یک حالت صورت از PAX: بررسی "بازشناسی" احساسات کودکان از صورتها
|کد مقاله||سال انتشار||مقاله انگلیسی||ترجمه فارسی||تعداد کلمات|
|37806||2015||16 صفحه PDF||سفارش دهید||محاسبه نشده|
Publisher : Elsevier - Science Direct (الزویر - ساینس دایرکت)
Journal : Journal of Experimental Child Psychology, Volume 141, January 2016, Pages 49–64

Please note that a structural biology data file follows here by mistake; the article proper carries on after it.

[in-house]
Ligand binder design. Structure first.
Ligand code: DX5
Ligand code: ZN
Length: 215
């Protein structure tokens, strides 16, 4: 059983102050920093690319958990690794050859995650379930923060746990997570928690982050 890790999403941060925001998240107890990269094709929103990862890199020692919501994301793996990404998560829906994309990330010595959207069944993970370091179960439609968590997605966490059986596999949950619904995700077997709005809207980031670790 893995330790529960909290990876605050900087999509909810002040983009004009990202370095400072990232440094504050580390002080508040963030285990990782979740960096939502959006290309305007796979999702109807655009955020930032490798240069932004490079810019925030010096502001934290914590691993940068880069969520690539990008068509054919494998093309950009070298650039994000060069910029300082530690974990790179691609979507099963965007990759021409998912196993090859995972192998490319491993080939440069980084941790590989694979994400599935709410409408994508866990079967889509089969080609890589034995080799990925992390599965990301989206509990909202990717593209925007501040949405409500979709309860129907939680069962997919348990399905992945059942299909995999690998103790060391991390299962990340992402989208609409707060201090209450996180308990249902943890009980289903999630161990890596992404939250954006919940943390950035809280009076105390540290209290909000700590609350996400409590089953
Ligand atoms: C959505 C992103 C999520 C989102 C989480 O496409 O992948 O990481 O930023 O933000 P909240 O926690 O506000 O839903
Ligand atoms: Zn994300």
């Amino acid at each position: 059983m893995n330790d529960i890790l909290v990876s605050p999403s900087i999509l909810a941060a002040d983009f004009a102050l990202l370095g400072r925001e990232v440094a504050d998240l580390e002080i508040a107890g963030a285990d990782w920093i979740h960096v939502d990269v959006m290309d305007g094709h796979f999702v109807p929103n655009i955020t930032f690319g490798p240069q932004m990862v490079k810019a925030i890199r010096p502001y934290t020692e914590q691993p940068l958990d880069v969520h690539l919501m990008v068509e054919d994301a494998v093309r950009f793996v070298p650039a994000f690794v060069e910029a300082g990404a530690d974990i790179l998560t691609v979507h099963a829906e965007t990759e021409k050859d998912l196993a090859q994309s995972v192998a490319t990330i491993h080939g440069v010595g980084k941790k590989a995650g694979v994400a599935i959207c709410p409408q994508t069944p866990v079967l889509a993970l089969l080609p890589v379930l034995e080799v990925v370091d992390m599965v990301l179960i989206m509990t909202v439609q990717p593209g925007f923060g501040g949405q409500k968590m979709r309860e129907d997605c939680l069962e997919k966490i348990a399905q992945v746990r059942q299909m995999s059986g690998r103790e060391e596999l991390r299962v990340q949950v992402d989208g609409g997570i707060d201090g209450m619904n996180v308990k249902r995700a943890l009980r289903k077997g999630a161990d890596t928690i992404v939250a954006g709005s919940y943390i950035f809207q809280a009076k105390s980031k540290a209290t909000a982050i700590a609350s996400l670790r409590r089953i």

Abstract In a classic study, children were shown an array of facial expressions and asked to choose the person who expressed a specific emotion. Children were later asked to name the emotion in the face with any label they wanted. Subsequent research often relied on the same two tasks—choice from array and free labeling—to support the conclusion that children recognize basic emotions from facial expressions. Here five studies (N = 120, 2- to 10-year-olds) showed that these two tasks produce illusory recognition; a novel nonsense facial expression was included in the array. Children “recognized” a nonsense emotion (pax or tolen) and two familiar emotions (fear and jealousy) from the same nonsense face. Children likely used a process of elimination; they paired the unknown facial expression with a label given in the choice-from-array task and, after just two trials, freely labeled the new facial expression with the new label. These data indicate that past studies using this method may have overestimated children’s expression knowledge.